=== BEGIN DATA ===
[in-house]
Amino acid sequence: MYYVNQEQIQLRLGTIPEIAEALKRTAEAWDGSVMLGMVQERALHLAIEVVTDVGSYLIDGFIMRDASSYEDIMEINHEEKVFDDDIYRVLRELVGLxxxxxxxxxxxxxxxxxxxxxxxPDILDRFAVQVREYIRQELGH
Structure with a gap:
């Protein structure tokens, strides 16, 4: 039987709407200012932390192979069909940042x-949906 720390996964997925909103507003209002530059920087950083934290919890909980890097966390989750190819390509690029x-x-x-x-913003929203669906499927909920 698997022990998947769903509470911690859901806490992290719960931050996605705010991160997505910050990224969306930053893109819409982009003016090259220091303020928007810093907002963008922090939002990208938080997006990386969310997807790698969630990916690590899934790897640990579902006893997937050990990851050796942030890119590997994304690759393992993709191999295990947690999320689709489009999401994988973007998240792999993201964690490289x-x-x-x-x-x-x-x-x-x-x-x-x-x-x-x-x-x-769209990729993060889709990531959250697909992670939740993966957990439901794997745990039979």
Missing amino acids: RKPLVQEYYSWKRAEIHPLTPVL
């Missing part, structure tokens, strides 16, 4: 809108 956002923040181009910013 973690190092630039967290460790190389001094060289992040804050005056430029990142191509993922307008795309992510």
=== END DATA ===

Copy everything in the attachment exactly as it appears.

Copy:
[in-house]
Amino acid sequence: MYYVNQEQIQLRLGTIPEIAEALKRTAEAWDGSVMLGMVQERALHLAIEVVTDVGSYLIDGFIMRDASSYEDIMEINHEEKVFDDDIYRVLRELVGLxxxxxxxxxxxxxxxxxxxxxxxPDILDRFAVQVREYIRQELGH
Structure with a gap:
């Protein structure tokens, strides 16, 4: 039987709407200012932390192979069909940042x-949906 720390996964997925909103507003209002530059920087950083934290919890909980890097966390989750190819390509690029x-x-x-x-913003929203669906499927909920 698997022990998947769903509470911690859901806490992290719960931050996605705010991160997505910050990224969306930053893109819409982009003016090259220091303020928007810093907002963008922090939002990208938080997006990386969310997807790698969630990916690590899934790897640990579902006893997937050990990851050796942030890119590997994304690759393992993709191999295990947690999320689709489009999401994988973007998240792999993201964690490289x-x-x-x-x-x-x-x-x-x-x-x-x-x-x-x-x-x-769209990729993060889709990531959250697909992670939740993966957990439901794997745990039979």
Missing amino acids: RKPLVQEYYSWKRAEIHPLTPVL
């Missing part, structure tokens, strides 16, 4: 809108 956002923040181009910013 973690190092630039967290460790190389001094060289992040804050005056430029990142191509993922307008795309992510």